Alleged Italian mobster-drug kingpin detained in Brazil
Posted June 10
ROME — A fugitive 'ndrangheta Italian crime clan boss, accused of international drug trafficking, was taken into custody at a Brazil airport, authorities said Saturday.
Italian Interior Minister Marco Minniti hailed the arrest on Friday of Vincenzo Macri, whom he described as a top boss of the Commisso crime clan, based in Siderno, Calabria.
Macri's two years on the run ended when he showed authorities an identity document using a false name at Sao Paulo airport on Friday.
Italian media said Macri, 52, had planned to fly to Caracas, Venezuela, where he is believed to have been living. The reports described him as playing a role as a broker in international cocaine deals for the 'ndrangheta, one of the world's leading cocaine traffickers.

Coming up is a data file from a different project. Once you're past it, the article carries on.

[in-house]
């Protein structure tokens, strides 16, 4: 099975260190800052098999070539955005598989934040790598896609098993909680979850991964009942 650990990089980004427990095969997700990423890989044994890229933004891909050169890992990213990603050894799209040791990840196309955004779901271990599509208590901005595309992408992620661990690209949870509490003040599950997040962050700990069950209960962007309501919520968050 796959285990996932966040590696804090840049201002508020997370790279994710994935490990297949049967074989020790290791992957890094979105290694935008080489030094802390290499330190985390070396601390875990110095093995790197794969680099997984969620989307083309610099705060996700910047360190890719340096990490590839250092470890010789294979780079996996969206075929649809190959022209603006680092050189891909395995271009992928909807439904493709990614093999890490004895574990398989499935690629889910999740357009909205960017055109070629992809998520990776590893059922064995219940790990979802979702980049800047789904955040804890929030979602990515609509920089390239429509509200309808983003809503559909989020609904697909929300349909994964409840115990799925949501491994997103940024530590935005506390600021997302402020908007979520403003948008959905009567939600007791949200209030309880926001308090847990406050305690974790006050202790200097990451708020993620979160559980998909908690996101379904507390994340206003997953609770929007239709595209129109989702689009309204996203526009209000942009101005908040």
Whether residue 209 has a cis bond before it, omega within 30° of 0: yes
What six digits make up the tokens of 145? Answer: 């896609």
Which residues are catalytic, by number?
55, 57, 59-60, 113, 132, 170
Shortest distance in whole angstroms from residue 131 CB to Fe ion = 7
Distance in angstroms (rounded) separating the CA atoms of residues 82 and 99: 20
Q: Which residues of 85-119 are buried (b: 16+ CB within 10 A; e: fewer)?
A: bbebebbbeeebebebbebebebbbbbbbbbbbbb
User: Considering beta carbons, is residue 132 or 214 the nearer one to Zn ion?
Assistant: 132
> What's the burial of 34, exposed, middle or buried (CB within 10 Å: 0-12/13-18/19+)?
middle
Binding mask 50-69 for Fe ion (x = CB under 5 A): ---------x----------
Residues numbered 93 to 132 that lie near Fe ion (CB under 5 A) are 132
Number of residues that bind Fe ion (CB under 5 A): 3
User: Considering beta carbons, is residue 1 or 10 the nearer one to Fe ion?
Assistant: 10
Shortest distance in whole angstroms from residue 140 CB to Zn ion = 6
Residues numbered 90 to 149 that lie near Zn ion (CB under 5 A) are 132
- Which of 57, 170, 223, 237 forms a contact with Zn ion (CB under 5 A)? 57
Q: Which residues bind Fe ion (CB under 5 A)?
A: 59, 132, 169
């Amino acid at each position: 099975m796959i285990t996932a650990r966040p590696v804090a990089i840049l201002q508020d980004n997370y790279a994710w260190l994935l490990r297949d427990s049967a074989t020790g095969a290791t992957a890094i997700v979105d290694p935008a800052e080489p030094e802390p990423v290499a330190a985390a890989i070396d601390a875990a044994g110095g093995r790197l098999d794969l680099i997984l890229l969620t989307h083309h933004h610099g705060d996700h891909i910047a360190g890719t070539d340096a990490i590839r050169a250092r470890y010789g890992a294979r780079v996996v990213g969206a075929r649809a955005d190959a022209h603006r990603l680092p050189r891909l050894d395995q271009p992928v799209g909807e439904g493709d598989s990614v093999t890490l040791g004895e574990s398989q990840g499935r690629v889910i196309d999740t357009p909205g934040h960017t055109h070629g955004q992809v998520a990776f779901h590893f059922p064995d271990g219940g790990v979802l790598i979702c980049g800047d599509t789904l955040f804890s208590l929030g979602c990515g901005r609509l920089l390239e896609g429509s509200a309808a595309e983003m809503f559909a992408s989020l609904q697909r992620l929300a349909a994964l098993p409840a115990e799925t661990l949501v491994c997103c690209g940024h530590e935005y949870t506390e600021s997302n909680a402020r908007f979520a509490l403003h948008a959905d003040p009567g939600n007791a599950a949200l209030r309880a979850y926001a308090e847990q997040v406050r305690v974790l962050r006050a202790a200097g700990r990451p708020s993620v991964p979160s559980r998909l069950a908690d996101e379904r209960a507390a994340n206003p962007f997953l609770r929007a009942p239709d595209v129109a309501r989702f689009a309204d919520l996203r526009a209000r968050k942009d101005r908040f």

Authorities say Macri inherited the mantle of his father, Antonio Macri, an alleged clan chieftain. Macri was about 10 years old when his father was slain in Calabria in 1975 after a bocce ball game during a bloody 'ndrangheta clan feud. The elder Macri had been given the moniker "boss of two worlds" for close international ties to alleged mobsters in North America and Australia.
Brazilian federal police said that between 2004 and 2015, Vincenzo Macri was part of an international criminal organization that imported and trafficked cocaine and hashish, from Morocco, the Netherlands and the Dominican Republic. The drugs arrived in Italy via shipping containers.
Macri was on the run since 2015, when Italian authorities accused him of international drug trafficking and Mafia association.
A top Italian police official, Alessandro Giuliano, credited "excellent, long-established cooperation" with U.S. federal agents in helping to capture Macri.
Italian newspaper Corriere della Sera said FBI agents had arrested Macri in 1990 for drug trafficking, and that he served a prison sentence until the early 2000s. Later he moved to the Netherlands, where he ran a florist business.
AP reporter Sarah DiLorenzo contributed from Sao Paulo, Brazil.
This story has been corrected to show that Macri was allegedly part of an international criminal organization between 2004 and 2015, not 2004 and 2005.